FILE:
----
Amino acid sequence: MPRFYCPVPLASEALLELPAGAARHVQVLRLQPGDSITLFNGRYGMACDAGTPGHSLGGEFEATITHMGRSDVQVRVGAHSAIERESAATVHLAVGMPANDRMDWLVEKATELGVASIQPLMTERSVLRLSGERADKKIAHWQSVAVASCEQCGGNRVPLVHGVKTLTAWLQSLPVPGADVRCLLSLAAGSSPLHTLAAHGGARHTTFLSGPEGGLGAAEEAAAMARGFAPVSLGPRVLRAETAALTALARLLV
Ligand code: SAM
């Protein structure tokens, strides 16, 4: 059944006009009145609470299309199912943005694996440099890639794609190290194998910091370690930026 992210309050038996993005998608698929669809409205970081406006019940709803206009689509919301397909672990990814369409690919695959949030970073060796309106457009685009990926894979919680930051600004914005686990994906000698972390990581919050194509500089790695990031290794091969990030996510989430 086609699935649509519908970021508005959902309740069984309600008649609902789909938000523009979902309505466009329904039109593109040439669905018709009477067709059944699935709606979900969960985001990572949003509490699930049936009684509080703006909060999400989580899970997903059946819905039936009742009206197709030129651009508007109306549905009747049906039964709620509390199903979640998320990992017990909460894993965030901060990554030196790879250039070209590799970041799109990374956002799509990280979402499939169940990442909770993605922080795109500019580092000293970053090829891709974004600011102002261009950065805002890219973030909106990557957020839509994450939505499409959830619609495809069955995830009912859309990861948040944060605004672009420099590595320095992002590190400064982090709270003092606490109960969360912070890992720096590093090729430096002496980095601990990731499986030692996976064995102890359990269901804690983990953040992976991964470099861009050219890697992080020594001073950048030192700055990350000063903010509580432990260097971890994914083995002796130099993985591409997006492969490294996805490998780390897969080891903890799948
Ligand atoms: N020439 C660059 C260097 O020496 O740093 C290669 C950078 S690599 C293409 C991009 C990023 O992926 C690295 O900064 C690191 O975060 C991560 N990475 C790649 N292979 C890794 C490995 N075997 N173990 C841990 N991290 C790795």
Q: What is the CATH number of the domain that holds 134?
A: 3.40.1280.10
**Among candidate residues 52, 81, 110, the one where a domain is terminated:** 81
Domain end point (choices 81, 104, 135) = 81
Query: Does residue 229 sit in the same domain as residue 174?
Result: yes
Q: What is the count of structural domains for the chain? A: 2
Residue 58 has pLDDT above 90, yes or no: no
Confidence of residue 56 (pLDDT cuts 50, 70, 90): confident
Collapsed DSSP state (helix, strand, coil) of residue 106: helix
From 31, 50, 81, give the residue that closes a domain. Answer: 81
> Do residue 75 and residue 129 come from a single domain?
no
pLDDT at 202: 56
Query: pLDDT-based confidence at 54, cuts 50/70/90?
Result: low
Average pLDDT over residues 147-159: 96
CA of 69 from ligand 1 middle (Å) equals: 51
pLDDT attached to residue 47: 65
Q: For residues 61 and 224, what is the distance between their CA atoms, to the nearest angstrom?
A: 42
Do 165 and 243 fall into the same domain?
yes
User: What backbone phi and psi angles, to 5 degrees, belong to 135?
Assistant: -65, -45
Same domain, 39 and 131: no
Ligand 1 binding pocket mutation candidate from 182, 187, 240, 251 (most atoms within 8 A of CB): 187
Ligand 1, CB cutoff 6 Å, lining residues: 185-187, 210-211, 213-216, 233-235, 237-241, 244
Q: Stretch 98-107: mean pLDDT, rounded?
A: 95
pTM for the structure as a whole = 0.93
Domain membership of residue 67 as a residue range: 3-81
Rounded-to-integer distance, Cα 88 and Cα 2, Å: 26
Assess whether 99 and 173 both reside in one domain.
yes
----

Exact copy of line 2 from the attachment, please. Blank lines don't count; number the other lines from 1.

Ligand code: SAM